11. 11.  In grant-funded research, preservation is framed as a zero-sum game  Imposition of mandates will strengthen incentives • clear allocation of funds ( via a portion of the grant) • clear selection criteria  Funders should be seeding capacity  Subscription models help mitiagte the free- rider problem  There should be agreements in place between the data community and third- party archives
  12. 12. Action Agenda for Research Data 1. Each domain, through professional societies or other consensus making bodies, should set priorities for data selection, level of curation, and length of retention. 2. Funders should impose preservation mandates, when appropriate. When mandates are imposed, funders should also specify selection criteria, funds to be used, and responsible organizations to provide archiving. 3. Funding agencies should explicitly recognize “data under stewardship” as a core indicator of scientific effort and include this information in standard reporting mechanisms. 4. Preservation services should reduce curation and archiving costs by leveraging economies of scale when possible. 5. Agreements with third-party archives should stipulate processes, outcomes, retention periods, and handoff triggers.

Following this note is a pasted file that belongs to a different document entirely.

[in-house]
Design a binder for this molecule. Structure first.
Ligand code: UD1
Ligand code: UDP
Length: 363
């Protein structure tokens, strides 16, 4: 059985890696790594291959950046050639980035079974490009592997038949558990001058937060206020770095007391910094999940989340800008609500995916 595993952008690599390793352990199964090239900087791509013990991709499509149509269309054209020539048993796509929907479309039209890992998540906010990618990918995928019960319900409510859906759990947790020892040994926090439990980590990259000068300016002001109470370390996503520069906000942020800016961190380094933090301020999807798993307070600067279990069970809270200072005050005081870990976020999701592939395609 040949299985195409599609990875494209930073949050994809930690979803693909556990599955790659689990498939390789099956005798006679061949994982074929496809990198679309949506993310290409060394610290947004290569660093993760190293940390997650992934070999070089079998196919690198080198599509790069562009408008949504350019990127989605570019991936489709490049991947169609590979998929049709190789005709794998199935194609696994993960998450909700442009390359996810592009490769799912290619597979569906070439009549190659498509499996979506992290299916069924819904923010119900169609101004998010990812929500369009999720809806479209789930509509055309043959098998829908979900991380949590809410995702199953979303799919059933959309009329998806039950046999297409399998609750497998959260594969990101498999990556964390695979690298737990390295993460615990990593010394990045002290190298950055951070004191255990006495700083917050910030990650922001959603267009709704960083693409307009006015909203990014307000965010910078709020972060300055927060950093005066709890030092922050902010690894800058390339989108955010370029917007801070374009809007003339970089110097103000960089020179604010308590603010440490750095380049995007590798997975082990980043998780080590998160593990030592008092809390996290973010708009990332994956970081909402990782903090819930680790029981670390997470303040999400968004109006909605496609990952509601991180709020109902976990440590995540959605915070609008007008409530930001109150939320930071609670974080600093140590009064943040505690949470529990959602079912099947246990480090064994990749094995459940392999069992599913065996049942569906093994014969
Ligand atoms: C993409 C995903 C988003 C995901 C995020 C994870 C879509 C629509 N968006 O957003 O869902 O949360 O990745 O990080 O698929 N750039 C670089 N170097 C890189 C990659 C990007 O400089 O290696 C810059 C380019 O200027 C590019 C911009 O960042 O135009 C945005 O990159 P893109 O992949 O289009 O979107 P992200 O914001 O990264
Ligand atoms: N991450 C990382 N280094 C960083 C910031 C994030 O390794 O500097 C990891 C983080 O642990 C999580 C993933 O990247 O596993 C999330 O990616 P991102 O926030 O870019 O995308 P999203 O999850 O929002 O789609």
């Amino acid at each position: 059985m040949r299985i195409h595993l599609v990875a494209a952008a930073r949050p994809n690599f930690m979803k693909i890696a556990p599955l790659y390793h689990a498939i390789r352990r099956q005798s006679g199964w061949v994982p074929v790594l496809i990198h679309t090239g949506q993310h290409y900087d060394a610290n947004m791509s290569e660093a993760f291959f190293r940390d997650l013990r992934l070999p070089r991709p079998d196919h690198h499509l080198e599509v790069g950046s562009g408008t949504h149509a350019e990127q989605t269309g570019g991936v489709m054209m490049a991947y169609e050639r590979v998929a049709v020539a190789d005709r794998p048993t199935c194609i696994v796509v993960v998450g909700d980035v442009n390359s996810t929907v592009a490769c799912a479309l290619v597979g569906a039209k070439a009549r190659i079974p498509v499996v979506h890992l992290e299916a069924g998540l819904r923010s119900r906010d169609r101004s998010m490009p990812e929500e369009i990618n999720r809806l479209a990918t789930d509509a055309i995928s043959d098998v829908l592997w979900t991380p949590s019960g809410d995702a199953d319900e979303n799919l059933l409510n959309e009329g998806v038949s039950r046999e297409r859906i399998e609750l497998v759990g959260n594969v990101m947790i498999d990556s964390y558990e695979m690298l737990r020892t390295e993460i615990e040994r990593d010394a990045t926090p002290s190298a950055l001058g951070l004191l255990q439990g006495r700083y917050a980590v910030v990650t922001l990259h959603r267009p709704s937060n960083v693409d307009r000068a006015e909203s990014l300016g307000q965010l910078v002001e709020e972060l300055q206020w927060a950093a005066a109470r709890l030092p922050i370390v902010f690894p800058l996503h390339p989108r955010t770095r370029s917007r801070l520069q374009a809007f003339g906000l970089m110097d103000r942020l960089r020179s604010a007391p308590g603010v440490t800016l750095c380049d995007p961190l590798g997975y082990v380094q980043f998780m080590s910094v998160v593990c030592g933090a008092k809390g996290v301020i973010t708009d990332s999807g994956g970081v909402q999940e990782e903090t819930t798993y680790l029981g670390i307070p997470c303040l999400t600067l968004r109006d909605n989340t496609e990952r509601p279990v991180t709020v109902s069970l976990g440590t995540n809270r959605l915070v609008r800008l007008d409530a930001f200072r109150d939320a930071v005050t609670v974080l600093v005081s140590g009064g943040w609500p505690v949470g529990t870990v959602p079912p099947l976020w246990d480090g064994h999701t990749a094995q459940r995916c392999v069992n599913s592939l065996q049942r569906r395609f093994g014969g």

13. 13. Commercially Owned Cultural Content Who owns it? Misalignment between owners and controllers of digital content arise in almost every case Creates widespread disruption of business models that provide the primary incentives for commercial owners to preserve
  14. 14. Must strengthen the rights of preserving institutions by revising copyright law o mandate deposit of copyrighted electronic content into authorize public institutions to secure their lone-term preservation o provide incentives directly to private owners of cultural assets to preserve on the public's behalf o commercial sponsorship of preservation activities and public-private partnerships o stewardship organizations should begin selecting privately held materials of signigicant cultural value
  15. 15. Question: Could commercial sponsorship of preservation activities be feasible? What might some of the tradeoffs be?